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  • Dec 19, 2014
  • Updated: 2:38am
Universal Suffrage
NewsHong Kong
UNIVERSAL SUFFRAGE

Senior Hong Kong officials should resign over Beijing’s reform decision: lawmaker

Civic Party leader Alan Leong says officials including Chief Secretary Carrie Lam Cheng Yuet-ngor should examine their consciences and quit

PUBLISHED : Tuesday, 02 September, 2014, 2:29pm
UPDATED : Tuesday, 02 September, 2014, 5:52pm

Senior Hong Kong officials including Chief Secretary Carrie Lam Cheng Yuet-ngor should examine their consciences and resign in a bid to make Beijing reconsider its tough restrictions on the vote for the city’s next leader, a pan-democrat lawmaker says.

Civic Party leader Alan Leong Kah-kit said the drastic move was needed to rescue Hong Kong’s chances for greater democracy needed to solve the city’s governance crisis.

“If they were unsuccessful in persuading [Beijing], one of the options available is to leave and show their disappointment,” Leong told RTHK.

On Sunday, Beijing announced that two to three candidates would be allowed to contest the chief executive election in 2017, and hopefuls would need approval from a simple majority of a 1,200-strong nominating committee to qualify for the election.

Candidates that Beijing does not want on the ballot paper would be screened out on national security grounds.

The decision sparked protests, with pro-democracy lawmakers vowing to block the government’s plan in the Legislative Council if it followed Beijing’s framework.

Activists announced that an “era of civil disobedience” had begun at a large rally on Sunday evening.

The city’s leader, Chief Executive Leung Chun-ying, insisted on Tuesday that the framework would allow for a significant improvement on the current system in which a 1,200-strong committee selects the chief executive.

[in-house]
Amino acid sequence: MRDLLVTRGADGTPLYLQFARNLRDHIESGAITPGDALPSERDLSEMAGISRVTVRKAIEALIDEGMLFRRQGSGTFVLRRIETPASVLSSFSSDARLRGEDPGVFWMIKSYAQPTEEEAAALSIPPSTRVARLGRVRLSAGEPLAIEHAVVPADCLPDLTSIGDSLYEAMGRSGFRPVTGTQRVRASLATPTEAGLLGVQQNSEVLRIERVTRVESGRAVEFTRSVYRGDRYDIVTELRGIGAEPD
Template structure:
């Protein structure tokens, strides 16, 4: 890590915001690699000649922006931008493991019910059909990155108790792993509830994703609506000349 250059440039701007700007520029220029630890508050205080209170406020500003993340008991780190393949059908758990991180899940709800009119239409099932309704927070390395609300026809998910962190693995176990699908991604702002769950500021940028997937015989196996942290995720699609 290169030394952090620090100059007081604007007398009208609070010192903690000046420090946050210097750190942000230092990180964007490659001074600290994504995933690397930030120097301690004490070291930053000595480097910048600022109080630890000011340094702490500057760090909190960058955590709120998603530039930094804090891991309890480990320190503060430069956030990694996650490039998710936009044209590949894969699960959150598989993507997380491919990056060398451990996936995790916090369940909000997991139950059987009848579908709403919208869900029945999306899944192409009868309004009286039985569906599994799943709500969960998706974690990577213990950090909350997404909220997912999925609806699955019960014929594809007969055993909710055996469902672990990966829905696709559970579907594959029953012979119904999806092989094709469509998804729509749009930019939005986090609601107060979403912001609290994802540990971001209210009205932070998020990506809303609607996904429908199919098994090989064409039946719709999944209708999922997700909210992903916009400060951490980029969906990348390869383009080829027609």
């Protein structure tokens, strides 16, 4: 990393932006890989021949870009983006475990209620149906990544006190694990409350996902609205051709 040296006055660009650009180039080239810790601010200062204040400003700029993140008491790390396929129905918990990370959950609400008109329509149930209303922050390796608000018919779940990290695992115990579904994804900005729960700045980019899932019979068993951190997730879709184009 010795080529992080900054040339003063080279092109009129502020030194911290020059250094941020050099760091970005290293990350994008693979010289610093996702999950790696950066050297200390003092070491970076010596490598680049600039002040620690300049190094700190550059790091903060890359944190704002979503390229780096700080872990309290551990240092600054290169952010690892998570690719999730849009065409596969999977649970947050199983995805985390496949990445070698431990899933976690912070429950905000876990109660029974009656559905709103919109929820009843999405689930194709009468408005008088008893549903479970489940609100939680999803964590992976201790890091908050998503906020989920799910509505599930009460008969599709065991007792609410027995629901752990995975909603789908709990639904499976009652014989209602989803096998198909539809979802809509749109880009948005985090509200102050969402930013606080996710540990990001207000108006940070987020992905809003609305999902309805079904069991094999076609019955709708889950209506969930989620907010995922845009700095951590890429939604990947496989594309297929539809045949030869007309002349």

Leung called for calm. “I understand that some people are not satisfied with the decision,” Leung said. “However, what should we do after the intense emotion? How should we deal with the relationship between Hong Kong and the central government?”

Eric Cheung Tat-ming, a law lecturer at the University of Hong Kong, raised the prospect of an alternative election in 2017 now that genuine universal suffrage had been ruled out.

“We don’t have to follow the rules set by Beijing to choose between a small-circle election or to pocket imperfect universal suffrage,” Cheung said. “Instead, we can organise a shadow vote or unofficial referendum in 2017 to tell Beijing what kind of leader we want.”

Pro-establishment lawmaker Priscilla Leung Mei-fun said the framework was more restrictive than she had expected. She said the central government might have been responding to the pro-democracy Occupy Central movement.

Occupy organised an unofficial referendum on political reform in June and plans to stage a mass sit-in on Central streets to demand a genuine choice of candidates in 2017.

Maria Tam Wai-chu, a local deputy to National People’s Congress, said Sunday’s decision would ensure no time was wasted on reform proposals that stood no chance of being approved by Beijing.

“Beijing has the constitutional authority to reject any reform proposal that departs from the Basic Law [Hong Kong’s mini-constitution]. So it is better for them to make the decision clear earlier,” Tam said.

 

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This article is now closed to comments

anotherguy
Leong Kah Kit is out of his mind. This chap is living in his dreamland.
ronaldchao
@Mongkok_Wong